# Fibonacci series

def fibo(n):
if n <= 1:
return 1
else:
return ( fibo(n-1)+ fibo(n-2) )
#----------------------
for i in range(10):
print( fibo(i),end=',' )

1,1,2,3,5,8,13,21,34,55,

# ratio of series
print('{:s}{:10.7f}\n'.format('goldern ratio', ( 1+np.sqrt(5) )/2) )
f = np.zeros(20,dtype=int)
f = 1
f = 1
print('{:s}'.format('i     f_n   f_n/f_(n-1)'))
for i in range(2,20):
f[i] = f[i-1] + f[i-2]
if i % 2 == 0:
print('{:2d} {:6d}   {:f}'.format( i, f[i], f[i]/f[i-1])  )
pass

goldern ratio 1.6180340

i     f_n   f_n/f_(n-1)
2      2   2.000000
4      5   1.666667
6     13   1.625000
8     34   1.619048
10     89   1.618182
12    233   1.618056
14    610   1.618037
16   1597   1.618034
18   4181   1.618034


(d) The reverse series is $$\cdots, -8,5,-3,2,-1,1,0,1,1,2,\cdots$$

(a) The first few terms are

$\begin{split}\displaystyle \begin{array}{cccccccccc} & & & & & 1 & & & & \\ & & & 1 & & 2 & & 1 \\ & &1 && 3 & & 3 && 1\\ &1 & &4& & 6 & &4& & 1\\ 1 &&5 &&10 &&10 &&5&& 1\end{array}\end{split}$

(b) expanding the left-hand side gives eqn 21;

$\displaystyle \binom{n}{q+1} = \frac{n!}{(q+1)!(n-q-1)!}$

and the right

$\displaystyle \frac{n-q}{q+1}\binom{n}{q} = \frac{n-q}{q+1}\cdot\frac{n!}{q!(n-q)!}=\frac{1}{q+1}\cdot\frac{n!}{q!(n-q-1)!}$

where $$(n-q)!=(n-q)(n-q-1)!$$ is used in the second step. As the two results are the same, the recursion equation has been shown to be correct.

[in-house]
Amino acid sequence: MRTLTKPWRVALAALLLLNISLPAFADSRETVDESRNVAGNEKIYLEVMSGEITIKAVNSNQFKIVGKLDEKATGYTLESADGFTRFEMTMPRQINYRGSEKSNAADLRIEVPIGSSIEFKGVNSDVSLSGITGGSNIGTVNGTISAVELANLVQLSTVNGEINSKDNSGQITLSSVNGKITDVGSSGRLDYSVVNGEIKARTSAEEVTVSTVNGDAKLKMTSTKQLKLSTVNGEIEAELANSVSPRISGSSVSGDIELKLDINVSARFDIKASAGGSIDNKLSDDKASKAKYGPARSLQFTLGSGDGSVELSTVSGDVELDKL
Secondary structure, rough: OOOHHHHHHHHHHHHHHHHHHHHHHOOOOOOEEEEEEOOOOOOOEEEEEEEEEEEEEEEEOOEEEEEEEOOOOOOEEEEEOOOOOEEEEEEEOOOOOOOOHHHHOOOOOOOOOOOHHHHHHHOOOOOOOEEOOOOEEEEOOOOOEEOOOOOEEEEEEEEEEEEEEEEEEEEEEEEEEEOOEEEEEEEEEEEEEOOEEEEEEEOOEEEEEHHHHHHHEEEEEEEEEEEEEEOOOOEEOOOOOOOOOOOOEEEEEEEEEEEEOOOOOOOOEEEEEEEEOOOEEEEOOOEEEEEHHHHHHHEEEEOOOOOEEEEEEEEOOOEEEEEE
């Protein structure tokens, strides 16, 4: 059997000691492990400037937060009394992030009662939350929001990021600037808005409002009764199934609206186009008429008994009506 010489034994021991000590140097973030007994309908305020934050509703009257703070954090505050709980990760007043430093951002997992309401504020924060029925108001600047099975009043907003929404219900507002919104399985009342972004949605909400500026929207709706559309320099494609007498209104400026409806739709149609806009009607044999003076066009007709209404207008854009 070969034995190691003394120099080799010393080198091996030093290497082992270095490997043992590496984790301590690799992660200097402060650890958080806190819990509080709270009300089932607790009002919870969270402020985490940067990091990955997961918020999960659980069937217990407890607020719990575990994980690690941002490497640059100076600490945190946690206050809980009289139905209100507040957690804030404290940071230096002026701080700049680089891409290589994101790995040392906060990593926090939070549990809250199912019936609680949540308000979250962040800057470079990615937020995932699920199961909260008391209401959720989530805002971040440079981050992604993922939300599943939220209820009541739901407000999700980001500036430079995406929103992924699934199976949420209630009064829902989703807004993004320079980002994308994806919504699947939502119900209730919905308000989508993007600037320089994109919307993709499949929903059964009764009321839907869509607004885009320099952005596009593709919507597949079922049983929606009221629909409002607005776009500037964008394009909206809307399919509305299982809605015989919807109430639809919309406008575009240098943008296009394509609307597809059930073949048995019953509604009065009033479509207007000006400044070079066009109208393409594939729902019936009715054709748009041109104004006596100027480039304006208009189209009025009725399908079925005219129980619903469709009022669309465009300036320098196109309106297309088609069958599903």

To calculate values for $$n=12$$

$\displaystyle \binom{12}{q+1}=\frac{12-q}{q+1}\binom{12}{q}$

has to be calculated from $$q = 0 \to 12$$. As the series is symmetrical, only the first seven terms are needed. The first term starts the process and is $$\displaystyle \binom{12}{0}=1$$; the second, with $$q = 0$$, is $$\displaystyle \binom{12}{1}=12$$; the next gives

$\displaystyle \binom{12}{2}=\frac{11}{2}\binom{12}{1}\binom{12}{0}=\frac{11}{2}12$

and then $$\displaystyle \binom{12}{3}=\frac{10}{3}\frac{11}{2}12$$ and so forth.

This can be made into a recursive algorithm. The starting value is $$1$$ and this has to be multiplied by $$(n - q)/(q + 1)$$ each time round a loop in which $$q$$ starts at zero and ends at the value $$n$$.

# Q 16 Binomial coefficient recursion

def binom(n):
b = 1
for q in range(n+1):
print(round(b),end=' ')
b = b*(n-q)/(q+1)
pass
#------------
binom(12)

1 12 66 220 495 792 924 792 495 220 66 12 1


The coefficients are $$1, 12, 66, 220, 495, 792, 924, 792, 495, 220, 66, 12, 1$$.